Golf in Augusta thrives at the National, but began at the Bon Air

It didn’t take long after I moved here to learn that Augusta and Augustans are all about golf.


It was 1999. My wife and I went out to eat at some restaurant at Augusta Exchange, and as we were getting out of our car another couple in a stylish SUV was disembarking next to us. They were fussing over their young son, about a year old, in his car seat.

The kid could’ve had his choice of any toy, but what was clutched in his chubby little hands? A little plastic golf club and an oversized plastic golf ball. In Augusta they start ’em early.


WHEN WE BOUGHT our house in 2000, we discovered a set of golf clubs in the crawl space under the stairs. My wife thought they belonged to a previous owner. I assumed that every new homeowner in the Augusta area automatically gets a free set of clubs, based solely on choosing to settle here.

See, I don’t play golf. I’m the only person in Augusta who doesn’t. Ask around. Never teed up a ball. Never swung an iron. The closest I’ve come to playing golf is owning ugly pairs of pants.

Still, it fascinates me to see how golf has intertwined with Augusta’s growth. Most people think the city’s love affair with golf started with Bobby Jones and the Masters Tournament, and that’s true mostly. But golf really took hold first when Augusta emerged as a popular winter resort near the end of the 19th century.

If you’re visiting Augusta and you’re familiar enough with Walton Way to know where the Partridge Inn is at – right at that big curve in the road – you’ve probably also seen what used to be the giant Bon Air Hotel. It’s a big Spanish Revival edifice, rebuilt after a fire in the 1920s. The original Bon Air, built in 1889, was very airy and Victorian, and a few years after its construction the owners decided to build a nine-hole golf course.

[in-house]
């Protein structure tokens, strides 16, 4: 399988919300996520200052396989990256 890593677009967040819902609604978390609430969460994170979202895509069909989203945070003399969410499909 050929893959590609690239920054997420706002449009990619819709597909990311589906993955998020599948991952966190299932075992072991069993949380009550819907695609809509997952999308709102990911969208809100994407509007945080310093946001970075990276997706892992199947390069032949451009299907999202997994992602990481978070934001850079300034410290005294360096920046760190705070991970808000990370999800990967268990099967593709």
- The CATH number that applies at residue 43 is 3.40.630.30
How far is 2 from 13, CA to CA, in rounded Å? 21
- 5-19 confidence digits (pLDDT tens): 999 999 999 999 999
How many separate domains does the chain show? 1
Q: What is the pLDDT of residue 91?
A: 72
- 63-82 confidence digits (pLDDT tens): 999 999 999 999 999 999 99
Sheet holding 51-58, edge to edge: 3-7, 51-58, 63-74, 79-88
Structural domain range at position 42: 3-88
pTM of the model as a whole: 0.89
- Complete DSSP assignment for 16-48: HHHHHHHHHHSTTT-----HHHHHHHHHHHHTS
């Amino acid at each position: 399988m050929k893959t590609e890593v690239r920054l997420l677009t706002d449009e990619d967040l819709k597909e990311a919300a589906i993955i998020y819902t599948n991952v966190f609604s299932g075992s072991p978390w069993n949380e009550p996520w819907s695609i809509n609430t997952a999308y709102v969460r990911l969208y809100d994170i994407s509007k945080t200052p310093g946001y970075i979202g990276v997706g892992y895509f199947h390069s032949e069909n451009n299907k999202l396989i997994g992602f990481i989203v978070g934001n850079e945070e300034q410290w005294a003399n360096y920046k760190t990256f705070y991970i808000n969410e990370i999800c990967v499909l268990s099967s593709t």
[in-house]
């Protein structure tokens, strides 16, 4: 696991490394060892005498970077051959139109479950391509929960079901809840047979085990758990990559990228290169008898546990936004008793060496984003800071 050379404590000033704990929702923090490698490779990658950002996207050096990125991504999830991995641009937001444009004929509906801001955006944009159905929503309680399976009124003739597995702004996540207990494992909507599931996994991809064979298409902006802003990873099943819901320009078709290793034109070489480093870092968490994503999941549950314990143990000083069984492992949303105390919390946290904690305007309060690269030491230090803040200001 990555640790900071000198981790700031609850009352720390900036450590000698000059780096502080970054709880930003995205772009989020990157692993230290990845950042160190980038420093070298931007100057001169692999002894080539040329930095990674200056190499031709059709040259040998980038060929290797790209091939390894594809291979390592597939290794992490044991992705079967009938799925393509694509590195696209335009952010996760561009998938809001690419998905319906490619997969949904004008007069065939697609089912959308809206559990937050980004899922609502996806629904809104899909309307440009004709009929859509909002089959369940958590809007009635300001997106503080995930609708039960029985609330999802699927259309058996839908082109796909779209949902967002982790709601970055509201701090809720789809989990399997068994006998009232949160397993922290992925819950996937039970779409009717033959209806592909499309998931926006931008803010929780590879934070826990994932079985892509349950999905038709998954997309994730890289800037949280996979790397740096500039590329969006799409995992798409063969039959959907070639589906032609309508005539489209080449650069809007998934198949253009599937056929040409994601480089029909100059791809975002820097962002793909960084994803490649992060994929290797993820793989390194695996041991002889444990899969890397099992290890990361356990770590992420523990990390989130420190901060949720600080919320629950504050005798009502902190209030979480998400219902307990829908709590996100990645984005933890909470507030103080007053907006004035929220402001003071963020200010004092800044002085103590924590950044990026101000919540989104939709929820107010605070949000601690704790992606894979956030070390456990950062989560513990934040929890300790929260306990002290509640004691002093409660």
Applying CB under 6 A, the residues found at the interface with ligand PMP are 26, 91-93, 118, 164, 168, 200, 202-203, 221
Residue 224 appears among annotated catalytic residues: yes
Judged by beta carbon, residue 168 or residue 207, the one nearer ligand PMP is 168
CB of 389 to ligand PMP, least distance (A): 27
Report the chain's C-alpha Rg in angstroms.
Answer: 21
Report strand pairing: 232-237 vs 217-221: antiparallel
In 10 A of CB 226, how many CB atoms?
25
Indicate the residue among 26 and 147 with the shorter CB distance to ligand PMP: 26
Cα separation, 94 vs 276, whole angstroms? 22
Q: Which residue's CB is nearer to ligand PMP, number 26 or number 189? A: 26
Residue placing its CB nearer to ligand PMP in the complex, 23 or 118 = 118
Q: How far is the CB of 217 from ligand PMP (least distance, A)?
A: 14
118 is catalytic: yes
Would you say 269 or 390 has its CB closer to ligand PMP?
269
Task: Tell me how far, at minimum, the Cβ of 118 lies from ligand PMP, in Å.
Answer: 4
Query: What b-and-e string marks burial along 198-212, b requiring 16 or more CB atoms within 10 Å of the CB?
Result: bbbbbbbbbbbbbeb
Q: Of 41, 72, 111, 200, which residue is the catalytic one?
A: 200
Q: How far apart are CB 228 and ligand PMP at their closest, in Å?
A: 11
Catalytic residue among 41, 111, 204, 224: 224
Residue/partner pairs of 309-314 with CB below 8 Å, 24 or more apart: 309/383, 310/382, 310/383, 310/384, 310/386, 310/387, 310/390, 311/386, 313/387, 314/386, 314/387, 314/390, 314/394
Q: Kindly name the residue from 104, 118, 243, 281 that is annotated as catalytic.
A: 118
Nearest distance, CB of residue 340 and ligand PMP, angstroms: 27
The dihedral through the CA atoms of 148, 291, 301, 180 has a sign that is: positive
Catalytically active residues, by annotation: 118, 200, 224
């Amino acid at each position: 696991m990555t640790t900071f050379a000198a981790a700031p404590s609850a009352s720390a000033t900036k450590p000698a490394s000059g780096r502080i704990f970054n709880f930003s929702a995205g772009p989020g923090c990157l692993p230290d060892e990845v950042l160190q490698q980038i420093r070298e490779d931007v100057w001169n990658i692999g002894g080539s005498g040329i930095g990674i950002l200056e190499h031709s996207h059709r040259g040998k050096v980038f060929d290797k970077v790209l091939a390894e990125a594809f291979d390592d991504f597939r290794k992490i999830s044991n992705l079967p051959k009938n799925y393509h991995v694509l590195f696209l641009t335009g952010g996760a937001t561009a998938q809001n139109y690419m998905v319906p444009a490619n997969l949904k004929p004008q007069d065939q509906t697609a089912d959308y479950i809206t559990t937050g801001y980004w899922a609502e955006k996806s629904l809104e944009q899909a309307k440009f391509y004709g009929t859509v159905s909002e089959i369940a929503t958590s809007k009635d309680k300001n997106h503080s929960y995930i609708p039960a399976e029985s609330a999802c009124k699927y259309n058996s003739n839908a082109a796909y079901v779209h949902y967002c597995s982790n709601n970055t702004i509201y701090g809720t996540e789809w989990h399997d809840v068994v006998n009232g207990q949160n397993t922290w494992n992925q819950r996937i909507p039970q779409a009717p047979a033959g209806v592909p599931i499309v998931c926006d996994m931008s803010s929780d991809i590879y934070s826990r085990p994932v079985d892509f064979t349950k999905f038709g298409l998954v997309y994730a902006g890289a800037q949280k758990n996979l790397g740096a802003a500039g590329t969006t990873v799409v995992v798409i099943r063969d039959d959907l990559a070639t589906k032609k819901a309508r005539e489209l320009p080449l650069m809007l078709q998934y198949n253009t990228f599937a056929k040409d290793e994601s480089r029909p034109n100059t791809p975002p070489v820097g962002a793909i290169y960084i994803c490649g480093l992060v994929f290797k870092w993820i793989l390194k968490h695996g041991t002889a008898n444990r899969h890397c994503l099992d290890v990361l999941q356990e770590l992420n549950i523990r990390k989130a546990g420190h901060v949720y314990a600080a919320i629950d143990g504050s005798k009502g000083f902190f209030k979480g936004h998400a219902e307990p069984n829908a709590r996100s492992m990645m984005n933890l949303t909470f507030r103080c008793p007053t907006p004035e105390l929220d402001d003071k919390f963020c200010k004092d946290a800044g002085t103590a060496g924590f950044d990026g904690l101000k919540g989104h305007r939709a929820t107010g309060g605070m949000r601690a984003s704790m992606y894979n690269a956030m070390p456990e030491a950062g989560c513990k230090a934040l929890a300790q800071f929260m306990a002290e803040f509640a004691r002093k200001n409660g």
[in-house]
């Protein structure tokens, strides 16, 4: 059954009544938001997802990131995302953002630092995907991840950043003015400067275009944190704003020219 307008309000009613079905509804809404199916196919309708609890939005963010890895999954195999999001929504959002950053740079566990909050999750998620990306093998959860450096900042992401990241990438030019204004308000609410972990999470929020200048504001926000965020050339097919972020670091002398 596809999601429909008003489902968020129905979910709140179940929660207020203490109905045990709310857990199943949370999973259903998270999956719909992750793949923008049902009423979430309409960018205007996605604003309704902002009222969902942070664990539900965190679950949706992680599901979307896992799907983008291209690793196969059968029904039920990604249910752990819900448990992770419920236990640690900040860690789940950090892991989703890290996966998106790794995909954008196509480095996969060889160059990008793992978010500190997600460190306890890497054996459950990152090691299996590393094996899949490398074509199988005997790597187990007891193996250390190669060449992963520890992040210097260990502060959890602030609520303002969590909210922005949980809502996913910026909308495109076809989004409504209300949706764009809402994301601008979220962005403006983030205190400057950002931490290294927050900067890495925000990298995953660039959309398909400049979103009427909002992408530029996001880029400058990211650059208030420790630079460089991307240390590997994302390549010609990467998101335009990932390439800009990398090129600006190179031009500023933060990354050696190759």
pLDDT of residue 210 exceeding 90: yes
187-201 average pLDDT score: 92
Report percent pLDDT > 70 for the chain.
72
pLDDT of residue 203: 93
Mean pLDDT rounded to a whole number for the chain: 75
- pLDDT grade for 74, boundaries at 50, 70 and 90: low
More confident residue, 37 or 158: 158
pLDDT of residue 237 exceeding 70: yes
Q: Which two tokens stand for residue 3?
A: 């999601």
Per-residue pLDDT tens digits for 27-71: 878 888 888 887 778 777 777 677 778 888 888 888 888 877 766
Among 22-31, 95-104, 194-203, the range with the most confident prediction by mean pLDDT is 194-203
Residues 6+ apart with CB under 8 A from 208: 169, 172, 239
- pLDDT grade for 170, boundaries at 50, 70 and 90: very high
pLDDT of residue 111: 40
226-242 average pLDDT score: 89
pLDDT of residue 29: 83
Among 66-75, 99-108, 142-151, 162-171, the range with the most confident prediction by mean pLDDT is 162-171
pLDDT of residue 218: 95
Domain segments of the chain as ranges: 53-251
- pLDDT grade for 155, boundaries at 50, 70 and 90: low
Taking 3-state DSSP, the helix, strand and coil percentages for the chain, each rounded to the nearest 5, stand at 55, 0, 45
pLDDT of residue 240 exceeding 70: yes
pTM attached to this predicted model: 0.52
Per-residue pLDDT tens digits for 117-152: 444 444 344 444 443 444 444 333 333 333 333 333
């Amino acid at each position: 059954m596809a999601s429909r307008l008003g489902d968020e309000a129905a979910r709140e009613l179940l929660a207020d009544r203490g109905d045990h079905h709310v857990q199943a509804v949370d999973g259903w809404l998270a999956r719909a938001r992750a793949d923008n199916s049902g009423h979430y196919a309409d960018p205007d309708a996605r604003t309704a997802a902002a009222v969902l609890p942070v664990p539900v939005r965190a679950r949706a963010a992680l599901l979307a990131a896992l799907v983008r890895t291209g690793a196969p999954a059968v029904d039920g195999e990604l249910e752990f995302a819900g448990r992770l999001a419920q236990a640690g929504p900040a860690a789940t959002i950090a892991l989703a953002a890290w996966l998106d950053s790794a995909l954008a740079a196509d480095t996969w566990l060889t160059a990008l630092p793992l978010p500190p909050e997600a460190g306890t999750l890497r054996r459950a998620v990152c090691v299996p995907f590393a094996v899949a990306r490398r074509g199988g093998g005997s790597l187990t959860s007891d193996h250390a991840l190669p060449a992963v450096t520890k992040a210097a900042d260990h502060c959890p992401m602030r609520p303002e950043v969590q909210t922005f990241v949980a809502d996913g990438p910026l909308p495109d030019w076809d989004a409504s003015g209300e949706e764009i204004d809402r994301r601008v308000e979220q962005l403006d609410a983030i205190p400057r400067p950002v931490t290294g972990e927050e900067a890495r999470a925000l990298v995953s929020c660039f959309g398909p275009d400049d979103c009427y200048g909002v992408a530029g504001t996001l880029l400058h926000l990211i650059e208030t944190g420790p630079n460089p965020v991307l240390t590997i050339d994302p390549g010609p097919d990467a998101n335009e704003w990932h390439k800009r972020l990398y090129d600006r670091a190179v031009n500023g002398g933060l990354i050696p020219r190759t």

That’s when golf started taking off in Augusta.

A feature story on the Bon Air ran in the Jan. 30, 1898 edition of The Augusta Chronicle. The writer said the fad of bicycling was losing interest because “golf requires all the energy that can be devoted to outdoor sport.

“So far, this latest favor in the field of fashionable fancy has struck the South very lightly, if at all,” the article said. “In fact, the only reason why it is known at all is due to Northern enthusiasts. To them a season without golf is what a barbecue without meat is to a Southerner, and we all know what that is.”


THEN THE WRITER made a bold prediction – that golf might get so popular in Augusta that the city could someday play host to (imagine this) a nationally recognized golf tournament. Sound familiar?

Remember, this idea was floated in 1898:

“As yet, few Augustans have displayed any interest in this game, though it is thought the rage for this sport will be felt as intensely here as it is in the Northern cities. To give an added impetus to the votaries of the game, it is very probable that at a near future day a contest will be arranged, and a trophy cup presented to the best team. This will be an event looked forward to, not only by those taking part, but it will excite a degree of interest throughout the country where the popularity of the game is recognized.”

That happened, all right. It just happened several blocks north at a newer venue – the Augusta National Golf Club.

And the Bon Air? Today, it’s federally subsidized housing, and its grandeur exists only in people’s memories.

Dan Jenkins, the legendary sportswriter, wrote a column for Sports Illustrated in April 1964 about Augusta and what it’s like to spend a week here during the Masters. At the time he had covered the Masters a mere 13 times (this year marks his 63rd time). He wrote then: “Speak to me now of a Masters, and while you envision deep-green pines, luscious fairways and Bobby Jones, I envision – to pick a starting point – the Bon Air Hotel.”


HE THEN DRAWS the reader, as only Jenkins can, squarely into the middle of the quirkiness and shabbiness and unapologetic Southern-ness of a once-grand place to stay. The Bon Air has a million fascinating stories, and in his 1964 piece Jenkins tells a few of the best. The column is out there on the Internet – it’s called “Augusta: Where Georgia Retaliates For Sherman’s March” – and nearly 40 years later it’s still a hilarious read.

So on your way out of town this year, take a ride down Walton Way, to that curve on the road, and get a glimpse of where Augusta golf began.



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